Saturday, March 19, 2011

A Tale of Two Deficits Part Deux: The Greek Tragedy

A Tale of Two Deficits Part Deux: The Greek Tragedy

In 2008 and 2009, the financial world was mainly concerned about the survival of private companies, from the financial institution, mortgage companies to car companies, stories largely revolved around whether many companies would survive the collapse of the housing market and broader economic downturn. In early 2010 attention slowly turned to sovereign financial survival, concerns moved from primarily private entities to concerns over the financial health of countries, it begun with concerns over the sultanate of Dubai and its ability to pay debts it had accrued in the construction binge of the past five years. These concerns soon turned to the more serious case of Greece, whose financial mess not only threatened its own future, but that of its neighbors. A debt contagion was thought to soon engulf Europe.

As a signatory to the Stability and Growth Pact (SGP), Greece is bound to maintain a budget deficit no higher than 3% of GDP and a debt to GDP ratio of no higher than 60%(AB, 168). As early as March 2009, however, the EU was already concerned with Greece’s deficit/debt situation, considering it to be “excessive” even pursuant to the more flexible 2005 reforms to the SGP debt/deficit guidelines (AB, 192). According to EU forecasts, the Greek deficit stood at 4.2% and its debt at 94.8% of GDP, both metrics clearly above the agreed upon limits. What is quite fascinating about the Greek case is that the reality was far worse, in late 2009 the in coming Greek Prime Minister announced that his predecessor had misrepresented the actual deficit, noting that it was likely above 12%, what followed was a classic debt crisis, Greek bonds were relegated to junk status, the interest rates Greece attracted sky rocketed and the financial markets avoided Greek debt. In order to avoid defaulting on its obligations, Greece had to rely on a $140 billion rescue package from EU member states and the International Monetary Fund (IMF), a most embarrassing prospect for an industrialized nation. This assistance was tied to deep budgetary cuts and tax increases, there was extreme resistance to the budget cuts and alterations to existing public sector labor agreements ( a number of strikes were called), but the Greeks had to swallow the bitter pill in order to receive assistance from abroad.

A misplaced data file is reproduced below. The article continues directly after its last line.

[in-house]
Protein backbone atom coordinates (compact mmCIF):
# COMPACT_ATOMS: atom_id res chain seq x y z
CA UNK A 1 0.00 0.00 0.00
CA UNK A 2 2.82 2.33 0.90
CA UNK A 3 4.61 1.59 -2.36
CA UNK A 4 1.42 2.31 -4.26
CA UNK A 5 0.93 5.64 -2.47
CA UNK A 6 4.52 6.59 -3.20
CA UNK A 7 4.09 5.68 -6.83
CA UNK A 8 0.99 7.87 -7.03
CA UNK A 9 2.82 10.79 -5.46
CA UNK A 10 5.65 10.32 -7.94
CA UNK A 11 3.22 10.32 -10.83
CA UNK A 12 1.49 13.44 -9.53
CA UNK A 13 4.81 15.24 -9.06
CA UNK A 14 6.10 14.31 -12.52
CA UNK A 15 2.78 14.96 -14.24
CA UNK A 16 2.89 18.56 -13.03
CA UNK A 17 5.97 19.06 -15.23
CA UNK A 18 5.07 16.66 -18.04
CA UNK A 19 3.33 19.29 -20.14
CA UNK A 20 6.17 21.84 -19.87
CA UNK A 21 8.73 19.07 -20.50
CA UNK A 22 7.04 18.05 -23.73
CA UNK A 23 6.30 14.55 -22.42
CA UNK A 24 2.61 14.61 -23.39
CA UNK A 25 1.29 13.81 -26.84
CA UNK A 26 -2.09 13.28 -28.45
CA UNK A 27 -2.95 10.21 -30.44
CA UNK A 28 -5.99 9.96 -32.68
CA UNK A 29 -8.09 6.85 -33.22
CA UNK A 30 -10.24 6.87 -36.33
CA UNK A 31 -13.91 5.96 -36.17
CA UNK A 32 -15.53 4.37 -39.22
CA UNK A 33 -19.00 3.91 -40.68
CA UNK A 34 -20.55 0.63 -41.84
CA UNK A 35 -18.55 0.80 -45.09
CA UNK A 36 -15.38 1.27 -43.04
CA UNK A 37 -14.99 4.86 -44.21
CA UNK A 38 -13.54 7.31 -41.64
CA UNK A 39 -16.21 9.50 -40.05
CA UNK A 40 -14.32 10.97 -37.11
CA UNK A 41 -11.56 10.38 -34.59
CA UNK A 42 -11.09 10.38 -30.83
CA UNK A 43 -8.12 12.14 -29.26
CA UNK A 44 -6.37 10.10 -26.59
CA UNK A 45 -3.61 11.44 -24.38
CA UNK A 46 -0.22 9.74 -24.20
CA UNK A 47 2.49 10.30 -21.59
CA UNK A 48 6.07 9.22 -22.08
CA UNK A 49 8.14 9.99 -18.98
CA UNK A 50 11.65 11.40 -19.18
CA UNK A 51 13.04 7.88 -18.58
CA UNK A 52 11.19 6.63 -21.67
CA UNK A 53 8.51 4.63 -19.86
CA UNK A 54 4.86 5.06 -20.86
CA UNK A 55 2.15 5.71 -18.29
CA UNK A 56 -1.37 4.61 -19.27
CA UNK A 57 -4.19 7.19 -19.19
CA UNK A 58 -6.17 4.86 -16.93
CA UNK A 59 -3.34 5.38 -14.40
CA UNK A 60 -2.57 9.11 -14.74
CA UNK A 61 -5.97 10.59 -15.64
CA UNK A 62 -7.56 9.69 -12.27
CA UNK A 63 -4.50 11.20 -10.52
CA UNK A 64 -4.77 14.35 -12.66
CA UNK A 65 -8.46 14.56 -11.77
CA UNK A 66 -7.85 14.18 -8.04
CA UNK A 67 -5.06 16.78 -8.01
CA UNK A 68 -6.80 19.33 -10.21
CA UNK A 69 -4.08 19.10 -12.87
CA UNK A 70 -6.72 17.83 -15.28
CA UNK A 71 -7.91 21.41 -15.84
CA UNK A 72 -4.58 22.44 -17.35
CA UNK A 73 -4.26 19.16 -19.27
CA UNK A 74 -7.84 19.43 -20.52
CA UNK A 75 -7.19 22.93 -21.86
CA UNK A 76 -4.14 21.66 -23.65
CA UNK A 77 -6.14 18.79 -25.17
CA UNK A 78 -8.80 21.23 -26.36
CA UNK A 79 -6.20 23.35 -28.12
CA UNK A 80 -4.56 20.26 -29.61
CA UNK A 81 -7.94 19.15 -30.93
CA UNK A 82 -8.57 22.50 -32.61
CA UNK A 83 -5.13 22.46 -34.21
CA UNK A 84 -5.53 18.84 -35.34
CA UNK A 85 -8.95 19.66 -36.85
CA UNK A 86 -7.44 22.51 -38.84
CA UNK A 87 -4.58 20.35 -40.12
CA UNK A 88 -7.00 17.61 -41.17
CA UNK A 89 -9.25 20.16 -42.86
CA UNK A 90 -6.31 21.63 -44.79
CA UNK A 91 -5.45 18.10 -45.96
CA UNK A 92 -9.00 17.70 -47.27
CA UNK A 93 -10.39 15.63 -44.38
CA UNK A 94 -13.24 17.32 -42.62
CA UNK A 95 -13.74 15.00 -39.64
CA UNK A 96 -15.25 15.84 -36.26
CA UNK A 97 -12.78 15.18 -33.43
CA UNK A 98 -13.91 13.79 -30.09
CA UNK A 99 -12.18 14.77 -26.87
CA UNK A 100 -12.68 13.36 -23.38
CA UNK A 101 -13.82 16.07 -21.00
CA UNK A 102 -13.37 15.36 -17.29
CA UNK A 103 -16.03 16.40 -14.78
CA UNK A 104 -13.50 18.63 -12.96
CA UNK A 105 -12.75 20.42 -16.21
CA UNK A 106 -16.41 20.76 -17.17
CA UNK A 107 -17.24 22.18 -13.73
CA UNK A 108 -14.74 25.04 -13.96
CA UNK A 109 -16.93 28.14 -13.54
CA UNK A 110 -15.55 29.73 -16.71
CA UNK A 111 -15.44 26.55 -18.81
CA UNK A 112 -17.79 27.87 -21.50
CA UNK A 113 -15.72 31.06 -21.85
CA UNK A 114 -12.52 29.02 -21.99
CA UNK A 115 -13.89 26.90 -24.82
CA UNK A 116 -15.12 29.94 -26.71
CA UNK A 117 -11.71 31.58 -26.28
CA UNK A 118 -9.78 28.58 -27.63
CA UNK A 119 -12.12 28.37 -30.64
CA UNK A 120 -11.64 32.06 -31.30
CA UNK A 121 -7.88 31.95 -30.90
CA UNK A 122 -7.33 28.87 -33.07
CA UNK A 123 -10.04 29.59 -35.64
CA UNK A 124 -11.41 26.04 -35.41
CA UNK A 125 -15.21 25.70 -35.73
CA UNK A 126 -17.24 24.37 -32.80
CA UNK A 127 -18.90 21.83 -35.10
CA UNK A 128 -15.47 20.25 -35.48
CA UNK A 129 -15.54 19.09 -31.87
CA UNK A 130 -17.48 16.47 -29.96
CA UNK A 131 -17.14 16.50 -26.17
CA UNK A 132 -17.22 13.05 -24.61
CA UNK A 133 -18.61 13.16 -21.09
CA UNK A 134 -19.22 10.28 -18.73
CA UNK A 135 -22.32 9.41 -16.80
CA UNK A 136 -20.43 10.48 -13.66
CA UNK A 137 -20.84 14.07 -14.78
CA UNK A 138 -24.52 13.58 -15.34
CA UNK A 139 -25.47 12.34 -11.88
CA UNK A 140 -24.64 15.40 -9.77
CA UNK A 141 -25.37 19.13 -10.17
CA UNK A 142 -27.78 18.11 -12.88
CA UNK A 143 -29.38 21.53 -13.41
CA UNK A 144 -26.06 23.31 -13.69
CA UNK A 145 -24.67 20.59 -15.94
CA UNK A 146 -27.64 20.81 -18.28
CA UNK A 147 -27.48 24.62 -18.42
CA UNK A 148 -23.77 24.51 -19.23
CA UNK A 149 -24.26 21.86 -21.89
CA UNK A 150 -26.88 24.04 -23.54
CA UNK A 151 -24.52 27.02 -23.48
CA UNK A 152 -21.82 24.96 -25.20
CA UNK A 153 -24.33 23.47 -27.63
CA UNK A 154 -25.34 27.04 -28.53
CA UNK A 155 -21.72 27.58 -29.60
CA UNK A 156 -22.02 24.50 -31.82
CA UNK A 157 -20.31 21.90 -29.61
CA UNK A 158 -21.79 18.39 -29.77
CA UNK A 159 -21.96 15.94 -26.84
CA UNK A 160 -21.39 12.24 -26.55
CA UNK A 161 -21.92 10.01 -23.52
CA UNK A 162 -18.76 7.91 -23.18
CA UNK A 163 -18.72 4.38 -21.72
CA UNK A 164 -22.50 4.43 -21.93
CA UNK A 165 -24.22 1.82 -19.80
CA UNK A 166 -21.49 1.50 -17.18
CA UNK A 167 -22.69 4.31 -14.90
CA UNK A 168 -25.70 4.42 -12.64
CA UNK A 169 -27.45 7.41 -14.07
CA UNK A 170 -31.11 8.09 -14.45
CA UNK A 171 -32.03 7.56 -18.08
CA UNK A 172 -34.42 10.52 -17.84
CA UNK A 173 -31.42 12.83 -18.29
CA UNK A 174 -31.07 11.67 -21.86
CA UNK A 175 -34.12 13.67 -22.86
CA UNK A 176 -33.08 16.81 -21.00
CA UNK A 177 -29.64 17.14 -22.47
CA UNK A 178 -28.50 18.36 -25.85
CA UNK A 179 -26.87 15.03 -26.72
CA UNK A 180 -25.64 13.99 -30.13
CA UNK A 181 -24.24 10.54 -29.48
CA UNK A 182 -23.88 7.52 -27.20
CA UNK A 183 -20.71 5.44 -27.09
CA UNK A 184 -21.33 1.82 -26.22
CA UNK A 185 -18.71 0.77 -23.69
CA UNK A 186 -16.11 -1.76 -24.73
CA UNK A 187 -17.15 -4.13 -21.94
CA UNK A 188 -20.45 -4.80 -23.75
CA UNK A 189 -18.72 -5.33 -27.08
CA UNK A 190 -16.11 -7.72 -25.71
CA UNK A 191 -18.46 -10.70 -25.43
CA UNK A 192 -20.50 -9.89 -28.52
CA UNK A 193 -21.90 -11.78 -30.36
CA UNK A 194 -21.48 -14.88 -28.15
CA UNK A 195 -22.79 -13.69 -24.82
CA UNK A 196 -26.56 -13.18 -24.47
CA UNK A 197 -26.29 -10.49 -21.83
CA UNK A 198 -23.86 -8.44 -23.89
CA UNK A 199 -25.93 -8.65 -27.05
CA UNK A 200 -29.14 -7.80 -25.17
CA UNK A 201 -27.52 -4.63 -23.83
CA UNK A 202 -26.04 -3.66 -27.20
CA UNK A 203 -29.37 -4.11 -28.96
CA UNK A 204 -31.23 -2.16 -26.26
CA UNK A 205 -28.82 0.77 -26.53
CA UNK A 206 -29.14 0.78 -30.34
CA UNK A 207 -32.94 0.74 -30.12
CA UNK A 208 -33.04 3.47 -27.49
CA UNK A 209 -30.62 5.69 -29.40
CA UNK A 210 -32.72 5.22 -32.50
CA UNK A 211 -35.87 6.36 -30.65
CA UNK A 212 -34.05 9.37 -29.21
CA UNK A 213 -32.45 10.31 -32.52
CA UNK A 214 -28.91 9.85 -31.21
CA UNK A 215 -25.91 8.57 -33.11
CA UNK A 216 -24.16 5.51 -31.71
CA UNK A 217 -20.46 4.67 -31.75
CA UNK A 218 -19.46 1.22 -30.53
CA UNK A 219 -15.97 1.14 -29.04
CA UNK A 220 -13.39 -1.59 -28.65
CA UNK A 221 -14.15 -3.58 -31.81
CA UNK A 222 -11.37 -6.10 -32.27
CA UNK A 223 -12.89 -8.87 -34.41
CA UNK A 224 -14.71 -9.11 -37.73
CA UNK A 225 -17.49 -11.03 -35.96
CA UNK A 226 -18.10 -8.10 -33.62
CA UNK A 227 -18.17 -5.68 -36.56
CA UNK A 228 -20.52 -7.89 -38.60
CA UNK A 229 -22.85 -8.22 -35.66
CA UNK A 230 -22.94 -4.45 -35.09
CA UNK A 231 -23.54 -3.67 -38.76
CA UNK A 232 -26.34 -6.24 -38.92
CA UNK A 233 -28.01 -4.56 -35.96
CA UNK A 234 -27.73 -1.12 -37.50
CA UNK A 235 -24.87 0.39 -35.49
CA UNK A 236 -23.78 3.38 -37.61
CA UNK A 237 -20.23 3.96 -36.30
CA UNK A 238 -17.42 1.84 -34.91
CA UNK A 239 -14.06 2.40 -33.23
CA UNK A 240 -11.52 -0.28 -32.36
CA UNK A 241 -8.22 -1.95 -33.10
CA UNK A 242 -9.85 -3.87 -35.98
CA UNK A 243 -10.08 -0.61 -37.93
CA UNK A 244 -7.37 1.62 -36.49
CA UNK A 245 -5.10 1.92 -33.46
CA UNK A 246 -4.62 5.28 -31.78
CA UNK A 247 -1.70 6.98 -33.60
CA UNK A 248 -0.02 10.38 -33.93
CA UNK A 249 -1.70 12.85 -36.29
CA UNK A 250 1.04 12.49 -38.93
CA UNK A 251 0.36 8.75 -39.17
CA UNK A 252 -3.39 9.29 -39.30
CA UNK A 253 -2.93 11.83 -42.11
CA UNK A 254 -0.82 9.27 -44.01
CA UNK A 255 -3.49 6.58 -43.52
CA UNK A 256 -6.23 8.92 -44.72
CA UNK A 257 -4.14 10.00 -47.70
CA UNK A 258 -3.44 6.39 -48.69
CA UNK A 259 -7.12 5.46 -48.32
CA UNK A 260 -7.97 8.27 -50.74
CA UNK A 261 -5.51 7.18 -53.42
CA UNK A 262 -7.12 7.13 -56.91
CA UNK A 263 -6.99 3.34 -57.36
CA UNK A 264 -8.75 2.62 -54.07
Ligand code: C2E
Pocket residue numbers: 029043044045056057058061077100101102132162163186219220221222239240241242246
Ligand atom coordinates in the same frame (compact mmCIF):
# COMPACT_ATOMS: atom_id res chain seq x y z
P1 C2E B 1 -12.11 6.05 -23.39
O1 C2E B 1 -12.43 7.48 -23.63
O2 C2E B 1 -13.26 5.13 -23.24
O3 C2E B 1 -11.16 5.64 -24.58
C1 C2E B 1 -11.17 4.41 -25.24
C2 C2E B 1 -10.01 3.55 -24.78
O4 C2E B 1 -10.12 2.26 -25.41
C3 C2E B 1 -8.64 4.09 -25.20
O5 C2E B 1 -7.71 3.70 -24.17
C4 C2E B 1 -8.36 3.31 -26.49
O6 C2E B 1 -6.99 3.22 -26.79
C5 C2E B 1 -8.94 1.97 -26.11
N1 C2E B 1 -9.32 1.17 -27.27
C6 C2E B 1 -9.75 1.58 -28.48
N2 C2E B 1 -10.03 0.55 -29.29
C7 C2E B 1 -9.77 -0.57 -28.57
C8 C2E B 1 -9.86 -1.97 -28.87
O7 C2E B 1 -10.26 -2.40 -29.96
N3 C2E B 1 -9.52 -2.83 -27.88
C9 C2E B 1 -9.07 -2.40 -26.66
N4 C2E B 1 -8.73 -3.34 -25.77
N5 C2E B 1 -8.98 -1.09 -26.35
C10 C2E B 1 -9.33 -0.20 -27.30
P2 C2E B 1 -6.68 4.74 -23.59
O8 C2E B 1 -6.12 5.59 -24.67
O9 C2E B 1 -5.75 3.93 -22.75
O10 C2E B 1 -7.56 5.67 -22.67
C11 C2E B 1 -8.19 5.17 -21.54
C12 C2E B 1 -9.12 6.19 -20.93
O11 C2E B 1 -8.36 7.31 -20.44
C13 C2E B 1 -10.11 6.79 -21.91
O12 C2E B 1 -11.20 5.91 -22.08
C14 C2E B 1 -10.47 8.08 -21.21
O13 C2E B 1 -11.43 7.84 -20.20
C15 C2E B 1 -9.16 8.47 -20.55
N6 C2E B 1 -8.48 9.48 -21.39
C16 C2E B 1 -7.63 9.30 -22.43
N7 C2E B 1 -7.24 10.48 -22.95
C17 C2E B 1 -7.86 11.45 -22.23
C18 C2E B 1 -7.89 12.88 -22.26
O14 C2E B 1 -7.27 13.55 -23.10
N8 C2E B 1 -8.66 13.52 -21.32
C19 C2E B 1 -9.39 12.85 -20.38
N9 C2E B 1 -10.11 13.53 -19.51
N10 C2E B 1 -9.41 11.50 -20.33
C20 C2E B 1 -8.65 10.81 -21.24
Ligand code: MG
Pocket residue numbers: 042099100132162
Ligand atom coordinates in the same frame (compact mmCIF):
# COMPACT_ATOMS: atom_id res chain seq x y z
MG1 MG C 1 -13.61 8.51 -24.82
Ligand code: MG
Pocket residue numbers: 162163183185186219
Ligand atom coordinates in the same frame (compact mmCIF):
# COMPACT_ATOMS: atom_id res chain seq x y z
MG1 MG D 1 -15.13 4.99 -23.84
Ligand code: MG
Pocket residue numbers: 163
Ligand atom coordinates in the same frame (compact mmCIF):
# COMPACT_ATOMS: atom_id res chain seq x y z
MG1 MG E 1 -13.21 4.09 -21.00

As a member of the EU, the financial crisis has: “heightened the constraints of Euro membership. Unable to devalue their currency to regain competitiveness (as Japan just did) and forced by EU fiscal agreements to control spending…” especially during periods of economic contraction, when some would argue for deficit spending (AB, 160).These are policy constraints that do not apply to the US, the US’s current deficit is 9.7% of GDP with a debt to GDP ratio around 64%, “excessive” in EU terms on both counts. However, the current U.S. deficit could be considered a consequence of short term economic contraction and government efforts to provide countercyclical stimulus to the economy. Though the deficit and debt issues have (of late) dominated the systemic (and institutional) agendas, the situation in America is not yet considered dire. As AB note their discussion of US v. Argentina, deficits and debt are not created equal.

The U.S. is in a far stronger financial footing than Greece and can shoulder the current economic downturn with greater aplomb. In addition, the U.S. is not limited in its policy alternatives as Greece is.


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